Everything You Need to Know About Micronutrients (Part 3)
By Alyssa Kessel, RDN, LD, Expert Dietitian
Last month, I explained micronutrients – both fat soluble and water-soluble vitamins – and how to incorporate these vital nutrients into your diet. Building on those two posts, I am going to go into the third important micronutrient category: minerals.
What are minerals?
Minerals are essential nutrients that are needed in small amounts to keep you healthy. While they don’t give your body energy or calories, they do help with other essential functions. For example, minerals help:
- Maintain blood pressure, fluid, and electrolyte balance
- Bone health
- Make new cells
- Deliver oxygen to cells
- Contribute to normal muscle and nerve functions
These inorganic compounds are absorbed by plants, which are then eaten by people and animals. By eating nutrient-dense foods from the 5 food groups, you’ll have a mineral-rich diet. There are 16 total minerals, which are divided into 2 groups: major minerals and trace.
What are the major minerals?
Below is a brief rundown of each of the 7 major minerals, as well as a chart depicting the food sources you can incorporate into your diet.
This is the most abundant mineral in the body. It’s most known for its role in building strong bones and teeth, as well as preventing osteoporosis. Calcium is also essential for:
- Muscle contraction
- Nerve transmission
- Iron utilization
- Blood coagulation
- Pain relief
- Regulates the passage of nutrients in and out of cells
Your body needs chloride to form gastric juices (hydrochloric acid) that are secreted in the stomach. This mineral also works alongside sodium to help keep your body fluid in balance.
This mineral is required for more than 300 biochemical reactions in the body, including:
- Muscle contraction
- Nerve impulses
- Blood sugar control
- Regulation of blood pressure
- Immune system health
Phosphorus is important for healthy bones and teeth. It also facilitates the production of proteins, which are needed for growing, maintaining, and repairing cells.
This macronutrient is necessary for heart health. While its primary function is to keep fluids balanced in blood and tissues, it’s also required for:
- Nerve impulse function
- Muscle contraction
- Controlling blood pressure
Sodium plays an essential role in keeping the fluids and electrolytes in our bodies balanced. It also helps:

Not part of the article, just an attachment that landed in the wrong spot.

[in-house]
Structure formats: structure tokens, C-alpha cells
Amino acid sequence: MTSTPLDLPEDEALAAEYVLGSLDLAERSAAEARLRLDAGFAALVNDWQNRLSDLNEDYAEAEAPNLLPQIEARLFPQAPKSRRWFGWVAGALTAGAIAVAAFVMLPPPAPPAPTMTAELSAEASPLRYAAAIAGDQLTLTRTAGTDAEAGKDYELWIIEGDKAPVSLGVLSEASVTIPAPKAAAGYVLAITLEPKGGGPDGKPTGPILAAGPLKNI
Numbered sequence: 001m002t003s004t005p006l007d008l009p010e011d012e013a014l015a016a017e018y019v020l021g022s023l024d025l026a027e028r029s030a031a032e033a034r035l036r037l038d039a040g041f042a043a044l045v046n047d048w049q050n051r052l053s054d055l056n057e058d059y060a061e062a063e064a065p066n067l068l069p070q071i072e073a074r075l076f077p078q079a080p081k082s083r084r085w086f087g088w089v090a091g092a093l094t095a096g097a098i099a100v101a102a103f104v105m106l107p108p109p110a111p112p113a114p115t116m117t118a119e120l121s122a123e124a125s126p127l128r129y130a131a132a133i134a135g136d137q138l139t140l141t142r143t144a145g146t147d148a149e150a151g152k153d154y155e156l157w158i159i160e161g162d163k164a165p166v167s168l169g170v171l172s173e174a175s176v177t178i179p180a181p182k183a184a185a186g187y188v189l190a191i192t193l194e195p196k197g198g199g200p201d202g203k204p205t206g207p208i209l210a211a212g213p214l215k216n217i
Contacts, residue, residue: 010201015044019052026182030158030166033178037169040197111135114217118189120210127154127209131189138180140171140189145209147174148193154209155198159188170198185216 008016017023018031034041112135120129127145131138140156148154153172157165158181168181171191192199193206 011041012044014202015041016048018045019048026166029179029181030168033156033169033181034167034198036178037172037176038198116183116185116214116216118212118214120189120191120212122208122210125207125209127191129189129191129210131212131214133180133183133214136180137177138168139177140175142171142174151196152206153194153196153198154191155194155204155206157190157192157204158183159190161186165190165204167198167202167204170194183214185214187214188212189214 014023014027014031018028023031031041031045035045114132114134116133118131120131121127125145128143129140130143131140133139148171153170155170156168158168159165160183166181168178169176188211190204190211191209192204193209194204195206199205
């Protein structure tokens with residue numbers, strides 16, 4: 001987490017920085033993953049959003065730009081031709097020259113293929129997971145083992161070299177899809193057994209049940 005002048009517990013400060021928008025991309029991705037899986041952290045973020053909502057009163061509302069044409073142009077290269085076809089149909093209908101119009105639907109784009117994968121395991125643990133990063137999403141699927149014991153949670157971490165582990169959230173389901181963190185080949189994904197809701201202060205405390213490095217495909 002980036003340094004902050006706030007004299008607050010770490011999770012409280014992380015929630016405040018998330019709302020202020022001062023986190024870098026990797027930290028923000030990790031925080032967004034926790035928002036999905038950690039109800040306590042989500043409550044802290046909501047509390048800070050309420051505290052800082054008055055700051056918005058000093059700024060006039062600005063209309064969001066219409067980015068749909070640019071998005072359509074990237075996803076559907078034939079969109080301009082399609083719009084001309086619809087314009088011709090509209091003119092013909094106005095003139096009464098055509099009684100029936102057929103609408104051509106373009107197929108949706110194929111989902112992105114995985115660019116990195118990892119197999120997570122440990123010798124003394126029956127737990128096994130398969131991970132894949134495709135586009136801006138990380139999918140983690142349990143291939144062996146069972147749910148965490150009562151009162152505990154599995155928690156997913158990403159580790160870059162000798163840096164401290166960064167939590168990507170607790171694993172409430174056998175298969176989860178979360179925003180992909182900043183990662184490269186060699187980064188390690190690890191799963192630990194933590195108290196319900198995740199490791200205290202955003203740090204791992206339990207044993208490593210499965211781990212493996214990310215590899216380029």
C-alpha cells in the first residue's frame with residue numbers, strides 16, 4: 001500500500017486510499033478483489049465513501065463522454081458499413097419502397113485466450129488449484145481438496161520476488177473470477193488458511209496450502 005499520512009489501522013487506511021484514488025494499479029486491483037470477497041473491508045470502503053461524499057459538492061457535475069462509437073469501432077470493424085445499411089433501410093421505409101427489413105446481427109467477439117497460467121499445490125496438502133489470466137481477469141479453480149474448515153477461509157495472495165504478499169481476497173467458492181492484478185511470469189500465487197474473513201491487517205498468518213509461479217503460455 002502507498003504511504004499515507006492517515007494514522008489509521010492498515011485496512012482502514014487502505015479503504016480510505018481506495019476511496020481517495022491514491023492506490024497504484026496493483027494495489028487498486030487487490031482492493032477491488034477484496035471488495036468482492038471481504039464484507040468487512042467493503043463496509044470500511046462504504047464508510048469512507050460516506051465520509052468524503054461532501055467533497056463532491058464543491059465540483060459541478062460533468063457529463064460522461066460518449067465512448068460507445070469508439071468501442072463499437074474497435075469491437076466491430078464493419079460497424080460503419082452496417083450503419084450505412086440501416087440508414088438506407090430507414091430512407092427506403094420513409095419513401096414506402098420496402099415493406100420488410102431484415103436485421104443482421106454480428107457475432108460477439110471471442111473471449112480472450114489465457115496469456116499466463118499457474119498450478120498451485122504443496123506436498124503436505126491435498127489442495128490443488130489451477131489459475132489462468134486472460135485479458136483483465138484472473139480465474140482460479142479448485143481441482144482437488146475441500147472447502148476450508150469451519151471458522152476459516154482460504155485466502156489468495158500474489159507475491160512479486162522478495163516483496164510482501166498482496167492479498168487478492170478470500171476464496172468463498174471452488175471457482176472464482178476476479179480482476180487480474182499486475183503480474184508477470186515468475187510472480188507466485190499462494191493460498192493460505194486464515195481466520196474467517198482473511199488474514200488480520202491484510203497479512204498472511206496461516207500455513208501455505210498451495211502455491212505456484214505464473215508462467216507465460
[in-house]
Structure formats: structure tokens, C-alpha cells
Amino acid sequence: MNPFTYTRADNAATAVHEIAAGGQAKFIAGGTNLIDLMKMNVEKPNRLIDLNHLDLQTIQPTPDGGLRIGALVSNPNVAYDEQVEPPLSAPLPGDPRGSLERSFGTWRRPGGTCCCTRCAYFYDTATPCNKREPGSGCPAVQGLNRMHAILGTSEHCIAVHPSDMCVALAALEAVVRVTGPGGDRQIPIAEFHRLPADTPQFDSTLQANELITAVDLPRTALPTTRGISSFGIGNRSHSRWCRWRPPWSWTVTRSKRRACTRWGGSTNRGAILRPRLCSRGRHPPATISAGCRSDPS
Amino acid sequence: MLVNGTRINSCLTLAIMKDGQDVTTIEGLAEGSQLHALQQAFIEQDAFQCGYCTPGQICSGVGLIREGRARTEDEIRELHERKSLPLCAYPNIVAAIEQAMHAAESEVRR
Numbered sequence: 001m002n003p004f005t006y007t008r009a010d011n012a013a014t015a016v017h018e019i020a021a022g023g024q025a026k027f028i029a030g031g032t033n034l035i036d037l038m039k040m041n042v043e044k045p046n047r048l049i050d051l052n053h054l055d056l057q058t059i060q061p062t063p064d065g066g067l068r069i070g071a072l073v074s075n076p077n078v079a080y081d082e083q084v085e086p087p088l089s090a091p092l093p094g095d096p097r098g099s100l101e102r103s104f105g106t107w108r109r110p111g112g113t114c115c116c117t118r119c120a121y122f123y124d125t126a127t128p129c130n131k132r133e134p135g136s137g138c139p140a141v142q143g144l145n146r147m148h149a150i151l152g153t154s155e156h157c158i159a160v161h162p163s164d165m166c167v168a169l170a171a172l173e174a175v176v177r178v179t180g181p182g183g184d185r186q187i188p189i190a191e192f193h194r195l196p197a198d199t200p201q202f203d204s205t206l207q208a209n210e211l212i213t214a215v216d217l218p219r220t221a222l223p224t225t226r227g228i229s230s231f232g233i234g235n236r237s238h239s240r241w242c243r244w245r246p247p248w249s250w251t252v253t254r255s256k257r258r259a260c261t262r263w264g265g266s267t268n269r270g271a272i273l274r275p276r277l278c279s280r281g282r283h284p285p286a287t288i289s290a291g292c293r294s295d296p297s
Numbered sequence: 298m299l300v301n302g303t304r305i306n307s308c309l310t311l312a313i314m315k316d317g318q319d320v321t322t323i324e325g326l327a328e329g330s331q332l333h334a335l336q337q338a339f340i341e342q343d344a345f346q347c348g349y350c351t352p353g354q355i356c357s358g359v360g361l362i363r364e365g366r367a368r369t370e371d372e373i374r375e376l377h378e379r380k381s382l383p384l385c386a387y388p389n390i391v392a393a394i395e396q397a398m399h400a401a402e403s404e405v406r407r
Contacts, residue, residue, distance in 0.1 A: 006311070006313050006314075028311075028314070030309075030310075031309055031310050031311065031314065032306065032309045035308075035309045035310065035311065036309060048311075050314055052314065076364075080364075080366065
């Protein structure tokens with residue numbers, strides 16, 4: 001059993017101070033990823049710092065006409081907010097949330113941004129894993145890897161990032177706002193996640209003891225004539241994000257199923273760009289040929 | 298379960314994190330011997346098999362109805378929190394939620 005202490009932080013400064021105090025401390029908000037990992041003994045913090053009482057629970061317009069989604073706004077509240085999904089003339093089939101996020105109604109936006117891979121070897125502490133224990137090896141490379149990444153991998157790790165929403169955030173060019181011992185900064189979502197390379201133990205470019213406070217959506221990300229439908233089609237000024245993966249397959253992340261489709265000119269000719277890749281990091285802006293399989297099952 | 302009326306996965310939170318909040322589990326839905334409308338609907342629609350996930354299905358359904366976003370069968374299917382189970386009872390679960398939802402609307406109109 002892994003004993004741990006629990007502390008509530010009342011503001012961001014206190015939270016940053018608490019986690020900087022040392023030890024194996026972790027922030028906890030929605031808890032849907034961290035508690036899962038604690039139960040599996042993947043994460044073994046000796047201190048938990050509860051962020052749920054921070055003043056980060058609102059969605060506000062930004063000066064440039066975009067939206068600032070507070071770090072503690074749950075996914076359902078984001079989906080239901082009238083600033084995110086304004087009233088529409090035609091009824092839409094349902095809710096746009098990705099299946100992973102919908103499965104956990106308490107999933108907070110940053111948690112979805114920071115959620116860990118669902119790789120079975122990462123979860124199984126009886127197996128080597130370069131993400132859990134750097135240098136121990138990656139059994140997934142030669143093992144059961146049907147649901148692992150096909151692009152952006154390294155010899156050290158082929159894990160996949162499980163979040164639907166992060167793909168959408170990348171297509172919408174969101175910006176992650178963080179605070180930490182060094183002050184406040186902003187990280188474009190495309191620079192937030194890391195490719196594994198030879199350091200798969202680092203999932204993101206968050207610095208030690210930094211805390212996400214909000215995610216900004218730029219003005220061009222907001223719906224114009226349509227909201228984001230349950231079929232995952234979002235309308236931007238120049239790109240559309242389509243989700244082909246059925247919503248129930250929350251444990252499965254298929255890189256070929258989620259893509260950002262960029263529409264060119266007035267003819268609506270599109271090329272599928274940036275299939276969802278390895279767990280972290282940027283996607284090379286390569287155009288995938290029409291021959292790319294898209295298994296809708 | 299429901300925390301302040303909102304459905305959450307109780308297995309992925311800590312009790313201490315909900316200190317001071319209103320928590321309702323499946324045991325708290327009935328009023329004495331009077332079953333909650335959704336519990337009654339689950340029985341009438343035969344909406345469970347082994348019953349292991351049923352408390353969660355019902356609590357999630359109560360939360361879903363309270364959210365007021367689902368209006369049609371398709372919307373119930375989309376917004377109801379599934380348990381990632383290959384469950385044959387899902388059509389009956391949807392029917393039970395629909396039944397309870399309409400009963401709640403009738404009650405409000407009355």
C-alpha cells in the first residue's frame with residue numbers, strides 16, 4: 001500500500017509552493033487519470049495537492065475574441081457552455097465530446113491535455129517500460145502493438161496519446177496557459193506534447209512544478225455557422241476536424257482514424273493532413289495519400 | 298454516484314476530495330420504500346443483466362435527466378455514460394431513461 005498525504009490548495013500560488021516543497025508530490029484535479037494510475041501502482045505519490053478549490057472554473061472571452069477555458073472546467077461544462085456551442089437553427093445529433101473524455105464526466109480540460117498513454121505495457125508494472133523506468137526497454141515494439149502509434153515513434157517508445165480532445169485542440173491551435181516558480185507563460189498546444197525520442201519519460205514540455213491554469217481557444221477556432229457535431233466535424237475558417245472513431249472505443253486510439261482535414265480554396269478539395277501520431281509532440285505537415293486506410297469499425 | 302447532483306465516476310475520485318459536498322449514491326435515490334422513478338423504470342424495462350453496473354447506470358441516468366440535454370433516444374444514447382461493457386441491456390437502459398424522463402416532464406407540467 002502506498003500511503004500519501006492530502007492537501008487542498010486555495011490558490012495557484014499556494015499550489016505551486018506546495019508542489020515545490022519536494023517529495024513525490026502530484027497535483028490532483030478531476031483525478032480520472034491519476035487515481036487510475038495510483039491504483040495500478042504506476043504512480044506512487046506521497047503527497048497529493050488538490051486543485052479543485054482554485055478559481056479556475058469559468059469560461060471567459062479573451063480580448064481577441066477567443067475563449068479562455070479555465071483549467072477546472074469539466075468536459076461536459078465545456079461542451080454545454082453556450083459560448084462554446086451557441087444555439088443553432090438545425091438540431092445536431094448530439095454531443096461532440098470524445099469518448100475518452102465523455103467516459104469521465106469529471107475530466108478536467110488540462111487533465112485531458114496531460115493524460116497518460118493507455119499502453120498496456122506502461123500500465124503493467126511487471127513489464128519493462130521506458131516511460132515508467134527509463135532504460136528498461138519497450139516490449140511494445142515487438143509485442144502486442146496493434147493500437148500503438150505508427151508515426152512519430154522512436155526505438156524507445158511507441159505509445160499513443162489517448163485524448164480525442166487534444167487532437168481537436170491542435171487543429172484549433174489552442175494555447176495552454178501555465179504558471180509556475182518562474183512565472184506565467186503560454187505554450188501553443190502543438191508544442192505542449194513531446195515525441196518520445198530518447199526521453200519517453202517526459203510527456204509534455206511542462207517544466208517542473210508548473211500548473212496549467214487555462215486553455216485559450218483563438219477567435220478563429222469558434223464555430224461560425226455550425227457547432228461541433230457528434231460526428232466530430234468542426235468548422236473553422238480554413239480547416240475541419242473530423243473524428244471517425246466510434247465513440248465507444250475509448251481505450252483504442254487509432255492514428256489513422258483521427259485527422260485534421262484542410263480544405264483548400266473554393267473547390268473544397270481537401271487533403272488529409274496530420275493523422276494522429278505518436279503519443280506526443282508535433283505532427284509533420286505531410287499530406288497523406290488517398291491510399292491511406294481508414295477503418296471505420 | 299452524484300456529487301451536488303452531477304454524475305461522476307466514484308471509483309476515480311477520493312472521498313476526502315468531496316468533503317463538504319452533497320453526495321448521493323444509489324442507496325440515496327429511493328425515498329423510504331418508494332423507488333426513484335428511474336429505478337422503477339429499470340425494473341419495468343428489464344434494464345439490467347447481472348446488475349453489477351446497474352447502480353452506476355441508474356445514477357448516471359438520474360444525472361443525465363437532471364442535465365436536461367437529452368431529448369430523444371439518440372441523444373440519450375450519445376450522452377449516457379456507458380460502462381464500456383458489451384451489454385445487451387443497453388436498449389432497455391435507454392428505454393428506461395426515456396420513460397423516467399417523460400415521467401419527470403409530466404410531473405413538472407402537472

- Regulate blood pressure
- Assist with acid-base balance
- Aid in muscle contraction
- Assist with transmission of nerve signals
Sulfur is an essential part of many amino acids, which are the building blocks of proteins. It keeps the blood clean and healthy, as well as promotes a healthy immune system.
Good sources of major minerals
What are the trace minerals?
Below is a brief rundown of each of the 7 trace minerals, as well as a dietary source chart.
This trace mineral is needed for the normal functioning of insulin to regulate blood sugar (glucose) levels. It’s also essential for the metabolism of carbohydrates, proteins, and fats.
This mineral is a component of many enzymes, and assists with:
- Energy production
- Iron metabolism and transport
- Healthy connective tissue
- Making of hemoglobin
Fluoride is known for its involvement in the formation of bones and teeth, as well as preventing tooth decay.
Iodine is critical in the formation of thyroid hormones T3 (triiodothyronine) and T4 (thyroxine). These help regulate growth, development, and metabolism. Inadequate production of T3 and T4 can cause goiters (enlargement of the thyroid gland).
Iron is a vital component of hemoglobin, which is found in red blood cells and carries oxygen throughout the body. This mineral is part of many proteins and enzymes, which makes iron essential for:
- Immune function
- Synthesis of DNA
A lack of dietary iron depletes iron stores in the body and can eventually lead to iron deficiency anemia.
This trace mineral not only helps in the formation of enzymes, but it’s also necessary for their activation. IT works as an antioxidant, helps develop bones, and heals wounds by increasing collagen production.
Molybdenum functions as a cofactor, which means it aids enzymes in triggering chemical reactions. More specifically, this mineral helps your body break down amino acids.
Selenium is a main component of antioxidants, and therefore protects the body against free radicals. It’s also required for immune function and the synthesis of thyroid hormones.
The major function of zinc is as a cofactor in numerous enzymes. It’s also key for:
- Normal growth and sexual maturation
- Immune system health and wound healing
- Taste and smell perception
- Neurological functions
- Making protein and genetic material
- Fetal development
Good sources of trace minerals
Your next steps
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